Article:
The opportunities for graft could be enormous: providers could conjure up patients and make claims on the government program for payment.  This will require a very robust auditing mechanism to hold care givers accountable.


Focus on “Creating Wellness rather than Treat Illness”


We need to clearly distinguish the two modalities of modern medicine to keep citizens healthy – public health (create wellness) and disease-care (treat illness).  Public health is what the state does to prevent disease and to protect health.  In contrast, disease-care includes the different types of interventions that are carried out to restore health after an individual falls ill.  Certainly the government needs to focus on preventive and primary care far more than spending on tertiary care and this would save a lot more lives at a fraction of the cost.  The wellness centers planned by the government is a move in the right direction.   I do believe public healthcare system should heavily invest in preventing and protecting one’s health and this could be measures to prevent communicable diseases and cut down burden of non-communicable diseases which have overtaken communicable diseases in the mortality statistics.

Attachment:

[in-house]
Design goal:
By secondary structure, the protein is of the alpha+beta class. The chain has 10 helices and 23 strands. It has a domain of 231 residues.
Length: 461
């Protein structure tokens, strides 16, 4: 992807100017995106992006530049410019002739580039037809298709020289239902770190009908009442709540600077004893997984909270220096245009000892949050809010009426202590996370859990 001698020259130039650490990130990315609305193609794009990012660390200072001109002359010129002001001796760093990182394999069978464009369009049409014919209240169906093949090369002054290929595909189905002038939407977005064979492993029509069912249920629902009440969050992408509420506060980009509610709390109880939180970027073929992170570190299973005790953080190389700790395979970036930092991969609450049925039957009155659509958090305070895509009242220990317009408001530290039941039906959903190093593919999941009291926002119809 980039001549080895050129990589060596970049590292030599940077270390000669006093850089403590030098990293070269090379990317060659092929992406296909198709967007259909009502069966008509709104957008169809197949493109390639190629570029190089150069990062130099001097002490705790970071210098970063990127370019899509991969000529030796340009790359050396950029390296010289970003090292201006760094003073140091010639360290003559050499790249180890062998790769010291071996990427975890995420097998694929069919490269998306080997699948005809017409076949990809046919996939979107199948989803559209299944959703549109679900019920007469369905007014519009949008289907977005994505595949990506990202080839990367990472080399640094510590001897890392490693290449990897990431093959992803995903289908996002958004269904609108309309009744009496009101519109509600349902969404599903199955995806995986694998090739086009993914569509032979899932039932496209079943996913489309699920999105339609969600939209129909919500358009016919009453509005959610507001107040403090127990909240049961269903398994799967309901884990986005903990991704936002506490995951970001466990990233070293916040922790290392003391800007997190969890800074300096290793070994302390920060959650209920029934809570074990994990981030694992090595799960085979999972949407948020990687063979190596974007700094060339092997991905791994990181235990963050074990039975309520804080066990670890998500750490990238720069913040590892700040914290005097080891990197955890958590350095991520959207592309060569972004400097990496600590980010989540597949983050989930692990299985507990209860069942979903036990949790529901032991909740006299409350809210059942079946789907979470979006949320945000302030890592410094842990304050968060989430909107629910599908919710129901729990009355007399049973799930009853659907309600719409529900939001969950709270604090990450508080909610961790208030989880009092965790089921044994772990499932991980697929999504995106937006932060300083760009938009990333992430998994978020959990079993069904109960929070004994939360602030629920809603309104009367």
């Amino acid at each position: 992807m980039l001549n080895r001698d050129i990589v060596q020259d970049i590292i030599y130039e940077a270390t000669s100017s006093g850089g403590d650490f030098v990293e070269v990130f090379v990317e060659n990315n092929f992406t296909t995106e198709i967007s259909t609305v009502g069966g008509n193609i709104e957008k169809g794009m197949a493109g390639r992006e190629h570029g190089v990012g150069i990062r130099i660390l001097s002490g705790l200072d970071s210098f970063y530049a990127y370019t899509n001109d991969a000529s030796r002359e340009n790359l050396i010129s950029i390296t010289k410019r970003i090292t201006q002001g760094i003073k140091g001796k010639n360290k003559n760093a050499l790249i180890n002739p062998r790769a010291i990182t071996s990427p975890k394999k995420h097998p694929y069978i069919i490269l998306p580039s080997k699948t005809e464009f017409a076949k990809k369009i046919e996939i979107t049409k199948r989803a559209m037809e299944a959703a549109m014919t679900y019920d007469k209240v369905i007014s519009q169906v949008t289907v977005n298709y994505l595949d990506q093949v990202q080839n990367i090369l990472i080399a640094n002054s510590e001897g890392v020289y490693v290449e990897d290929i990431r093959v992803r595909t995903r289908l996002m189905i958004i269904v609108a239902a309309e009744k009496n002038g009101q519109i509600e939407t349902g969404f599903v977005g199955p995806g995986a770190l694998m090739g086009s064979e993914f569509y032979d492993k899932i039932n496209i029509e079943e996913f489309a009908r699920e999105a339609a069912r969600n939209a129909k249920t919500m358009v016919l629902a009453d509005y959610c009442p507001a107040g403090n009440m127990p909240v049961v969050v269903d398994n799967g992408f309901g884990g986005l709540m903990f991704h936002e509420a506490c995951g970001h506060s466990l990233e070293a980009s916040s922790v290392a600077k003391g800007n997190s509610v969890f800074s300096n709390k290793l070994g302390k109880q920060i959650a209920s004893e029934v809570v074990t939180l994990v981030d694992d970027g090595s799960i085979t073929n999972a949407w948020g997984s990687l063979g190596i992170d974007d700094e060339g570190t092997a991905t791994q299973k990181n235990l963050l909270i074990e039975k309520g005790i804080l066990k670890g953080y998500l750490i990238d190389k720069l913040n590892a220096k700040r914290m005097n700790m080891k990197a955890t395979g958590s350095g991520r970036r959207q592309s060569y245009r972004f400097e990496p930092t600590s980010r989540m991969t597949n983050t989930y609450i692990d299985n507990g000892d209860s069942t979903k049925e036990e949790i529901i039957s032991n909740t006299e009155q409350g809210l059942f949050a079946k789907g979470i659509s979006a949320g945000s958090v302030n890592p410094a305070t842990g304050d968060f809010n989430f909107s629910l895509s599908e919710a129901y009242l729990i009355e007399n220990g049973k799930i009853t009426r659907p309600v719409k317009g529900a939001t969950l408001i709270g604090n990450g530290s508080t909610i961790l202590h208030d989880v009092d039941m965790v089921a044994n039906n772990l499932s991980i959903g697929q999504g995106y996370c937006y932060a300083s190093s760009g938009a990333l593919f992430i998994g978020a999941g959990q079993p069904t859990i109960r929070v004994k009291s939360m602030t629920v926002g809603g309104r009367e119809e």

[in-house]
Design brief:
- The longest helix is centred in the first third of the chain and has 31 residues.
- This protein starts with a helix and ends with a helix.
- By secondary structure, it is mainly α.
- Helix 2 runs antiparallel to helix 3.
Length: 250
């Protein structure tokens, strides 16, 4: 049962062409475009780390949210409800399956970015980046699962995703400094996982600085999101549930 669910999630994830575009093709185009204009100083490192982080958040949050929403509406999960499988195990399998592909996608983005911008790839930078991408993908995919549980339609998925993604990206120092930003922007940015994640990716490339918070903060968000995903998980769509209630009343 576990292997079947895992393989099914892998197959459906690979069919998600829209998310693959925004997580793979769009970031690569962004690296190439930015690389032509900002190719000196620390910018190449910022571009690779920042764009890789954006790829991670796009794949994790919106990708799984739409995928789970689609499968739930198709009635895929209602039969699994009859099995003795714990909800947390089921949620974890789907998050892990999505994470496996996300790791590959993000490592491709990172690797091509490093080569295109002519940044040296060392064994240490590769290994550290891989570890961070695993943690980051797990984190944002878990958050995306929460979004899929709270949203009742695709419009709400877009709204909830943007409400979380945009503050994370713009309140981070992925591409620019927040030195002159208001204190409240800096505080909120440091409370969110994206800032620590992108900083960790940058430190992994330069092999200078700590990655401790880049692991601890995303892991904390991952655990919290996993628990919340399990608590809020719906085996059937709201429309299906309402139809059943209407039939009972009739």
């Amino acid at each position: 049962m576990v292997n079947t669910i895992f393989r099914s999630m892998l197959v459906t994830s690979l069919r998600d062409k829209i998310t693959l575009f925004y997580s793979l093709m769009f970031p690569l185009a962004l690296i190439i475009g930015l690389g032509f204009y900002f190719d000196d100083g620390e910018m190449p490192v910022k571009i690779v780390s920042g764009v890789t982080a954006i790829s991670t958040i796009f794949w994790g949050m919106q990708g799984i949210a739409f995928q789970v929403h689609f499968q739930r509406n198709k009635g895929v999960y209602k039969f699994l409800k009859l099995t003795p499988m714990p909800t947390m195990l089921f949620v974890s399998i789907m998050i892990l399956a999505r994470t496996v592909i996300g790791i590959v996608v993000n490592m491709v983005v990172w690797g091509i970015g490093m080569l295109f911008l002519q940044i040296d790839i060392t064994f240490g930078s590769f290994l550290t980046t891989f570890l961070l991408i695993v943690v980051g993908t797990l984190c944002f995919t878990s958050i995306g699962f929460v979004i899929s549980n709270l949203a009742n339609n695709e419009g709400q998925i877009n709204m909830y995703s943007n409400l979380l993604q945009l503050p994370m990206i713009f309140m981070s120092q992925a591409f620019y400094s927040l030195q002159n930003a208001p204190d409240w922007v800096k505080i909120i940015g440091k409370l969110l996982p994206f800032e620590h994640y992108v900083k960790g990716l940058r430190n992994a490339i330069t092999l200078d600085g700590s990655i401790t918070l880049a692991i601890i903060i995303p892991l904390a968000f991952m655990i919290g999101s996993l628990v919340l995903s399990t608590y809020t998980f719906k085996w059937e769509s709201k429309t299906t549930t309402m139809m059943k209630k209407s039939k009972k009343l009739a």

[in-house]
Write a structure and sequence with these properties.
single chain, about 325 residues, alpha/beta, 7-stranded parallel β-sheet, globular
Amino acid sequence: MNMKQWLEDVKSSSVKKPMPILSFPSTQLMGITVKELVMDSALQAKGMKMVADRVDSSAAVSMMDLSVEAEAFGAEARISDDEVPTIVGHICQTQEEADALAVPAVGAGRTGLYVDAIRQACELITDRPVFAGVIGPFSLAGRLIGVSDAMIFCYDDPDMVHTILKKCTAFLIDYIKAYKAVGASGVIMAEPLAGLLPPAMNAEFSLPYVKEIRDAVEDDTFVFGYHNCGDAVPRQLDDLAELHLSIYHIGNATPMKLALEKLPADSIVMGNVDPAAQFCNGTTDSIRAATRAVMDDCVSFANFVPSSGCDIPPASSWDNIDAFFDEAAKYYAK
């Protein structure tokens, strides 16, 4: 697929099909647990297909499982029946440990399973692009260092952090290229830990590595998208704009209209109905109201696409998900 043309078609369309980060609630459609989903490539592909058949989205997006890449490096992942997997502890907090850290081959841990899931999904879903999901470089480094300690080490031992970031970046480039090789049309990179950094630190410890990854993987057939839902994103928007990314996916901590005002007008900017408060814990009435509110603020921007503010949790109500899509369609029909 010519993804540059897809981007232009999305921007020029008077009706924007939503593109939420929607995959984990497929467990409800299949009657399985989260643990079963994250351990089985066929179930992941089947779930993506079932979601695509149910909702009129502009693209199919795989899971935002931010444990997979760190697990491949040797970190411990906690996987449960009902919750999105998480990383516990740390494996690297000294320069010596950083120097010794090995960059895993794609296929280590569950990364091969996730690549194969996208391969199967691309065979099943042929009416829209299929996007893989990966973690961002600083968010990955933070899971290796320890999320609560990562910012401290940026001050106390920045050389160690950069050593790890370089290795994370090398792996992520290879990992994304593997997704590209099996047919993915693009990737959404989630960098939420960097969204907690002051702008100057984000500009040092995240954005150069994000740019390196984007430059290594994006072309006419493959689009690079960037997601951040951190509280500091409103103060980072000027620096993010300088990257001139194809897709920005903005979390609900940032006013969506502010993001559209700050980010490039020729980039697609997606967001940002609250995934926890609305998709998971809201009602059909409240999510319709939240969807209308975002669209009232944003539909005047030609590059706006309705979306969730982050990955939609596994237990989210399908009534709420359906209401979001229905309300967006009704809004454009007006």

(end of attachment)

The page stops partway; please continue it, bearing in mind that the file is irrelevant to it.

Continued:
Overall development of the healthcare industry and the success of Ayushman Bharat is largely dependent on the execution of the plans and addressing other problems in the system including measures to make it conducive for an active participation by the private sector.


All in all we had to start somewhere and Ayushman Bharat is hopefully the beginning of universal healthcare for the 1.3 billion citizens of our country.  A lot of hurdles have to be crossed and many modifications may need to be made for us to reach our destination but I do hope it will be a very fruitful and worthwhile journey for all of us.